Before joining the Inter-American Development Bank (IDB), I was a journalist working in the Caribbean. The police were among the key stakeholders with whom I interacted almost daily. Even with this close ‘working relationship’ I realised that I had—until recently—very limited knowledge about the work of law enforcement. This may be true for most people who do not engage with police officers frequently. It can also give rise to dangerous misconceptions about this important group.
In July, I was part of the planning team at the Regional Workshop on Operational Command of Gender Based Violence Policing, in the capacity of communications specialist. This allowed me to sit in a room with senior law-enforcement officers tasked with managing Dedicated Domestic and Sexual Violence Units (DDSVUs) from the six IDB member countries in the Caribbean (The Bahamas, Barbados, Guyana, Jamaica, Suriname, Trinidad & Tobago). Joined by international experts, the officers exchanged lessons, best practices, and ideas on how to improve the day-to-day policing of gender-based violence. The five-day workshop was hosted by the Jamaica Constabulary Force (JCF) in partnership with the IDB and UN Women.
Gender-based violence is defined as violence directed against a person because of their gender. Both women and men experience gender-based violence but the majority of victims are women and girls. In the Caribbean, GBV is prevalent. According to the 2018 Women’s Health and Life Experiences Survey close to 40% (37.8%) of women in Guyana have experienced sexual or physical violence in their lifetimes. In Jamaica and Trinidad and Tobago that number is 25.2% and 30.2%, respectively. However, national surveys conducted in five Caribbean countries (Guyana, Jamaica, Suriname, Trinidad and Tobago, and Grenada) have found that six of ten survivors of physical and sexual intimate partner violence do not seek help or support from any agency or authority. But those who do seek help, most often go to the police.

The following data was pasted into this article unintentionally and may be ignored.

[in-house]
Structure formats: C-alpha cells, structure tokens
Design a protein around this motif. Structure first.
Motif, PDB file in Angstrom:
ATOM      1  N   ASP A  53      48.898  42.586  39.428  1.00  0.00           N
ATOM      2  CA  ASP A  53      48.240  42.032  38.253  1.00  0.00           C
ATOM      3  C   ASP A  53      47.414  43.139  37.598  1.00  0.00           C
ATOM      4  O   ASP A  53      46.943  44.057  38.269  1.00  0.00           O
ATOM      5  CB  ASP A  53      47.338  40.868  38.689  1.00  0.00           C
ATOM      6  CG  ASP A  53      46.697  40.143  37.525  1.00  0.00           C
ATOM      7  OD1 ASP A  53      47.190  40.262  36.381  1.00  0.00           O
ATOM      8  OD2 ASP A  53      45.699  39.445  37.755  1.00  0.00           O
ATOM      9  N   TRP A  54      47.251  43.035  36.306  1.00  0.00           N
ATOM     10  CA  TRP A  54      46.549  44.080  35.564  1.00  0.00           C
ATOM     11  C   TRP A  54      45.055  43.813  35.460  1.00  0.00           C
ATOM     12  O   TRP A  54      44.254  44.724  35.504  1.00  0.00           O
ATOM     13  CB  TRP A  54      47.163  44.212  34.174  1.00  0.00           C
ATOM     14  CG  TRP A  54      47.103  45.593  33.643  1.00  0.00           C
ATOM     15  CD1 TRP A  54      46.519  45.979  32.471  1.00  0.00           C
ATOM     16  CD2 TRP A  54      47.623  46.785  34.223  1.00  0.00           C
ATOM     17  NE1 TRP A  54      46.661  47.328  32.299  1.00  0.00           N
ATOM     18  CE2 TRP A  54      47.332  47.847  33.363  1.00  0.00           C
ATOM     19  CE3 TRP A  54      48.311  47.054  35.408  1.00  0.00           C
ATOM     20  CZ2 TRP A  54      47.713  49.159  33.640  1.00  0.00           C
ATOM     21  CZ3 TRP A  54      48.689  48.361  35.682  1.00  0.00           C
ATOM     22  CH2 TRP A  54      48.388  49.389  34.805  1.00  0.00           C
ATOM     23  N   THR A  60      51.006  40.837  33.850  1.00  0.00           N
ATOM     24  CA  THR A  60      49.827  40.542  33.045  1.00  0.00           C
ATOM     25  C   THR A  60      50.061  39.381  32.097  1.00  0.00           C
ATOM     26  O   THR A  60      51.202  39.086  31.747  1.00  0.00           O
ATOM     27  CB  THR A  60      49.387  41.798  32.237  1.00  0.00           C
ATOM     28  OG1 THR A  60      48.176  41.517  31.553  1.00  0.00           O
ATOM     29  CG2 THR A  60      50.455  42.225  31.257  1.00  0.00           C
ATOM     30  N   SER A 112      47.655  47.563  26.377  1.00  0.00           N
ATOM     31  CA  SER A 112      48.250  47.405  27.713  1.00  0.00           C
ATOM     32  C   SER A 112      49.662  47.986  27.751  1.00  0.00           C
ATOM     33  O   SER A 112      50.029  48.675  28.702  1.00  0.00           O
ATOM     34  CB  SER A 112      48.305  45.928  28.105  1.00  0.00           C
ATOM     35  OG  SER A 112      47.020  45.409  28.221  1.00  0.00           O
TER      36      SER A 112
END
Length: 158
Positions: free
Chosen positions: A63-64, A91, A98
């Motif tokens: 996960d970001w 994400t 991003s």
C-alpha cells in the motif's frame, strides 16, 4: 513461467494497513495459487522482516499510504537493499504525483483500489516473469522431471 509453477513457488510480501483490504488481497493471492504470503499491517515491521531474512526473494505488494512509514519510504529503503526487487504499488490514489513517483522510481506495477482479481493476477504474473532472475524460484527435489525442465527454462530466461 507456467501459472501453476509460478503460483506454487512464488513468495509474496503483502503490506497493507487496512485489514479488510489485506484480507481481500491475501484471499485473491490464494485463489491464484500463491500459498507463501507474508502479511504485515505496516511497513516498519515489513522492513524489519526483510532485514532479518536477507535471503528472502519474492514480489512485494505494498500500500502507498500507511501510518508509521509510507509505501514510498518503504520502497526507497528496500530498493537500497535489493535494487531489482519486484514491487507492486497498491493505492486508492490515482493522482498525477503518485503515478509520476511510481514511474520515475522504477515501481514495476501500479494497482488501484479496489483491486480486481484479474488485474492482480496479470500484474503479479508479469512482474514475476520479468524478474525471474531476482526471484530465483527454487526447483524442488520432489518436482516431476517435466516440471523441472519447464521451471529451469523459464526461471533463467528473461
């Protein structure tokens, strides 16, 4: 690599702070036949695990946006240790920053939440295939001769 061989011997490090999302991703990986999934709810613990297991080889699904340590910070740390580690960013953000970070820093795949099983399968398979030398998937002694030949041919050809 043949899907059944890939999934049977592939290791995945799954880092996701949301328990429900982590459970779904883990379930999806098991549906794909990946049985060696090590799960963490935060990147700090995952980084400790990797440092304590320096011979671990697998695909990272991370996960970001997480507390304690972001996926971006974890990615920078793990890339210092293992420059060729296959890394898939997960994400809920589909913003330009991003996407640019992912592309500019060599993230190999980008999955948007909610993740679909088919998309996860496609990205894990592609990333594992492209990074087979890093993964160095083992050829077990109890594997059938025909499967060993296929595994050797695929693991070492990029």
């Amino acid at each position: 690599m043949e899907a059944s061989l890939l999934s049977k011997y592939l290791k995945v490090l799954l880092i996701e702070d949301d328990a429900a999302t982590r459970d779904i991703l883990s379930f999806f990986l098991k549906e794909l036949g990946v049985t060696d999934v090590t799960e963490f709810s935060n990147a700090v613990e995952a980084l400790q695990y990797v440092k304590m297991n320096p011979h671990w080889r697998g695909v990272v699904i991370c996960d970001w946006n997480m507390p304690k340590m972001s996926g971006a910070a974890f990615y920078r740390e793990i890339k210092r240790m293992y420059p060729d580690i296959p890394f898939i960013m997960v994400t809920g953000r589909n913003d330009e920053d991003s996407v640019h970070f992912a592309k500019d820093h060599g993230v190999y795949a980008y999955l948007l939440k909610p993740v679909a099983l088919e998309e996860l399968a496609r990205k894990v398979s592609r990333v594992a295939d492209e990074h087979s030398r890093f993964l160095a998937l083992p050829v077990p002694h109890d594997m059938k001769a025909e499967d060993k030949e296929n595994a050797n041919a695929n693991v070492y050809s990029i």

Here are my observations from the workshop, which I have tried to share while maintaining the confidentiality that lent itself to very candid discussions.
The experiences across Caribbean countries are similar
While individual cases differ, officers are facing very similar challenges in all of the countries represented. Among the most popular issues were resource constraints, outdated legislation, and the need for centralised administrative databases for sharing information with other support services for victims and their families. The workshop was an opportunity for officers to share ways in which they have worked around—and in some cases—solved these issues. For instance, one team shared an example of the comprehensive single form that is used to file a report, to avoid victims being asked the same questions several times. For issues such as legislation which cannot be solved as easily, the officers discussed how different interpretations of the law can be applied.
Victims always come first